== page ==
Flash: The Caxinourilor


Rating: Mature

Frenetic energy washed the gathering as two strangers entered the court. Dieter tasted it back in his throat; the flavor did not carry the crazed insanity of the newly turned, which worried him. As the Caxinourilor for Regele Leopold, he was introduced to every childer at his or her rising. These two were outsiders, young without a master, at a time he did not need any further complications.

Status-climbing Jeannette reached the couple first. The cold emotional energy of the older vampires carried curiosity, but none would risk the social stigma of naïve inquisitiveness. Only his rare gift of empathy let him realize they cared at all about the strangers at their door. Younger kin stared openly, but left the initial confrontation to Jeannette and Dieter.

Jeannette sniffed. Her First Gift after the change was hunting scent and had the added advantage in her mind of being condescending those beneath her.

The two young things were so wanna-bes, it hurt. The boy face was unlined, but more importantly to his new species, his eyes were young. Dusty baggy jeans hung low, but not the new modern low, more like the eighties. So just about thirty years, old enough to leave a master with permission, but young enough to be nothing but trouble. The girl was in a similar neo-Goth outfit, a look finalized and sharpened in the nineties. Modern gladiator spiked sandal-boots, with short-shorts and a black tube top. Lanky hair hung to the newcomer’s waist.

For a moment, Dieter imagined digging into it, holding the neck bare for nibbles and licks. He froze his face so his attraction to the girl would not show. Interesting, he had not felt sexual attraction since he past his century mark. Was her First Gift seduction?

 “And who might you be?” Jeannette welcomed the two without an ounce of Southern hospitality.

“Bert,” the lad extended his hand. “And this is my sister Hilly.”

Jeanette looked at his hand like Bert was offering a dead, bloodless fish. He paled slightly before swinging it towards Dieter.

Taking pity on the child, the enforcer shook it firmly. “May I ask if those are nicknames?”

“What? Oh, yeah, we heard the South is more formal.” The boy and girl shared a short glance. “I’m Hildebert and this is Hilda.”

“Oh, you are twins.” Jeannette relaxed a little, her underlying confusion fading. The scents must have been close to identical.

“Have you traveled far?” Dieter extended an arm to the buffet chained to the wall.

“Not really, just from Philadelphia.” Bert answered for the pair as they walked through the crowd. “Red-eyes are great.”

“You flew?” Jeannette asked.

“Sure.” The boy halted in the middle of everything. “Wait, we need to pay our respects to the honcho. Can’t eat his food without doing that.”

“The king.” His sister interjected. “Sorry we aren’t good with the language yet.”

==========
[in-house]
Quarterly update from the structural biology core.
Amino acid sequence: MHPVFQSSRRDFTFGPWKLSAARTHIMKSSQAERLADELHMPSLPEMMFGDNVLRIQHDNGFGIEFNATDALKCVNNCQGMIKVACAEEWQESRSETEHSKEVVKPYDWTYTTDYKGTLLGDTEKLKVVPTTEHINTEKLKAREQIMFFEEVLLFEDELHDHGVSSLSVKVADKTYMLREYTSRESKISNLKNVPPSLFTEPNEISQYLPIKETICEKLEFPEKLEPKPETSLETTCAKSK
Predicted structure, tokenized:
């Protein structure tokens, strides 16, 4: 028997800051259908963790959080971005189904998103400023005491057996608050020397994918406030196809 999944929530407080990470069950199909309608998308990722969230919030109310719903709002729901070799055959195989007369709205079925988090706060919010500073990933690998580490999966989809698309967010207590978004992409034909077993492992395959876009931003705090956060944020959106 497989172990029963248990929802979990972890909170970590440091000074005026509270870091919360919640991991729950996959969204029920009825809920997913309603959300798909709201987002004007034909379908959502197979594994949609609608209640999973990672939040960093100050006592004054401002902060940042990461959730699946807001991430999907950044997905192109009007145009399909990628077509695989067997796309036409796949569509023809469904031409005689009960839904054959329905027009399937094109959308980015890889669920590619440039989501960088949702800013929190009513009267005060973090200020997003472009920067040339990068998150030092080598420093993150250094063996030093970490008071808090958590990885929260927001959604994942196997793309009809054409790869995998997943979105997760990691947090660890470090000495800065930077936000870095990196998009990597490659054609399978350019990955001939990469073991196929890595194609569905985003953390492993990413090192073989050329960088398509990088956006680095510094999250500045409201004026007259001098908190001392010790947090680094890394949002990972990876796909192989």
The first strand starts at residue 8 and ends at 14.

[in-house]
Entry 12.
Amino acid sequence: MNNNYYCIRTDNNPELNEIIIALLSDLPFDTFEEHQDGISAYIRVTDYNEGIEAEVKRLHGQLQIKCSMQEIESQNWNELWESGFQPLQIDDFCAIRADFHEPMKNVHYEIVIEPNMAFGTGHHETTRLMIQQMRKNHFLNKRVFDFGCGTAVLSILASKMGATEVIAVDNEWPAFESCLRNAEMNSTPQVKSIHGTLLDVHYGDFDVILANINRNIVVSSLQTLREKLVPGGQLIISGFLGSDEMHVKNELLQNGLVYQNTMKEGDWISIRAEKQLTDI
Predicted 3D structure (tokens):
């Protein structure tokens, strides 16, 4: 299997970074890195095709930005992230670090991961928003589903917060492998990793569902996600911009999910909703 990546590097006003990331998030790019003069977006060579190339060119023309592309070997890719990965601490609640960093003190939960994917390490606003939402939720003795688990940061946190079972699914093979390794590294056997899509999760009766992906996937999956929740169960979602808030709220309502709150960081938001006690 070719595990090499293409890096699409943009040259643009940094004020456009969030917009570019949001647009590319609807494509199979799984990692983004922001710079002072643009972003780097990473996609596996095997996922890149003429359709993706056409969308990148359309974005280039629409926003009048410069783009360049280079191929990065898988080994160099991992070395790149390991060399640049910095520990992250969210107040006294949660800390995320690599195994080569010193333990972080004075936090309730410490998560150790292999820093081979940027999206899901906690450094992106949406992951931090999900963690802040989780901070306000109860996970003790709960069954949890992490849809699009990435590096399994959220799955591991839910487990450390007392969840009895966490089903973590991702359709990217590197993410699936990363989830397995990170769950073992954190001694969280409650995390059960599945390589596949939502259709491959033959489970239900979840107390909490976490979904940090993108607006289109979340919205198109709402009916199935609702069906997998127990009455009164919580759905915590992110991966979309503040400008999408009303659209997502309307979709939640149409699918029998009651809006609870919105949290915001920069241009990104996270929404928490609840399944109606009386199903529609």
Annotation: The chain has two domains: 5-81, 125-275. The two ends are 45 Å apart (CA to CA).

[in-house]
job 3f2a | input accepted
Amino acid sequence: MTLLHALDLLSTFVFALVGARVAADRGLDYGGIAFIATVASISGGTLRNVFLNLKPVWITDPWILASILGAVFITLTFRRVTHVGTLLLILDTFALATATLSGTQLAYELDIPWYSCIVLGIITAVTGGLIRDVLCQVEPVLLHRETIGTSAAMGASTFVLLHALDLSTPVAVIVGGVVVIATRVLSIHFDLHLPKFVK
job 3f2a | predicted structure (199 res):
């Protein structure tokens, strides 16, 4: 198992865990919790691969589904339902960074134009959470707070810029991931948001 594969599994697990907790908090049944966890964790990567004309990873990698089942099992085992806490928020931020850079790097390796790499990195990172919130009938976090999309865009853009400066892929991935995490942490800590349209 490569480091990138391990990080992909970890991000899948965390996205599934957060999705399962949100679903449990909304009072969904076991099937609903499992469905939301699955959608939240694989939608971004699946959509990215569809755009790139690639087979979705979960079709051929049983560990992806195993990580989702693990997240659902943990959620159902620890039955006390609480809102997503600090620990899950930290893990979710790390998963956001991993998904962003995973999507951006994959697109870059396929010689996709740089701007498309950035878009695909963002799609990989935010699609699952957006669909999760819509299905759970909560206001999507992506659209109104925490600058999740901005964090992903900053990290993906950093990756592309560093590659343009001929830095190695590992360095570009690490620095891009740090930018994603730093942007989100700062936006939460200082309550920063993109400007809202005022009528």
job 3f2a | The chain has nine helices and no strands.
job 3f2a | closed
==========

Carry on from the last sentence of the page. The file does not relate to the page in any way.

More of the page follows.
Jeannette disappeared into the gathering. Leopold did not hide his annoyance with her preening.

Spying Leopold in his black, carved antique chair, Dieter led the couple over. They immediately sank before him, clumsily, but at least coached in proper protocol. “My liege, may I introduce Hildebert and Hilda, lately of Philadelphia?”

“We are pleased to welcome you to Our Courts. What draws you to Our Lands?” Short and thin by modern standards, Leopold’s voice still resonated with authority.

Bert responded. “We wish to stay for a time, Your Eminent-iness. A year and a day.”

A year and a day was a sanctuary request. What threats were these two bringing to his door? thought the enforcer.

“Such a request is within Our powers, so long as you abide by Our laws and rule. If not, Our Caxinourilor will see you do not need the sun to turn you into dust.” Leopold dismissed them with a wave of his hands.

Ancient court manners directed Dieter to offer an arm to help Hilda up. Her bare hand on his felt like a brand. Bullocks, he did not need this. Never expected it. And certainly never wanted it. His eyes narrowed when she showed no matching reaction. At her age, she should have jumped out of her skin.

Dieter dropped her hand as soon as manners dictated. He scanned the crowd deeply a second to make certain no one noticed. He did not need anyone to come after his dragoste in retaliation for a punishment he had enforced for the Regele. “If you do not have a place to stay, may I offer my abode as shelter?”

The woman looked at her brother. “Thanks man, we’d appreciate the offer.” Bert again spoke for the couple.

“Then let us be on our way so you can be settled comfortably and safely before dawn.”


The place was not his true safehouse. As enforcer, Dieter often guested newcomers until they could develop their own nest. The fortress resembled a simple house from the outside, but gave him plenty of protection via traps and electronic monitoring to secure Leopold’s host responsibilities.

By the time they arrived, the burning on Dieter’s hand had settled into his gut. The woman was on the edge as well, though strangely in more control than the enforcer.

“You,” Dieter growled at her brother, “go. Down a flight, second room on left. Blood’s in room. Don’t leave until nightfall. All the security measures are up, and I don’t need you killed. And you…” Dieter gripped Hilda hair, using it to direct her movement, pushing her back, breaking the plaster when they hit the wall.

Her fangs bit into his tongue while his nipped her lips. Blood raced through Dieter’s system, leaving every cell ignited with passion and life. He vaguely remembered ripping her shorts off, while her legs pushed his trousers down his hips. He speared her, uncaring if her brother had left the room or not. Within seconds, he pulsed in her, continuing the circle of blood and life. Deep within her, mind and body, he sighed, collapsing into unconsciousness.

(998 words – originally appearing at Breathless Press 12/1/2013 for the 10/7/2012 Sunday Fun; republished in new blog format 10/29/2018)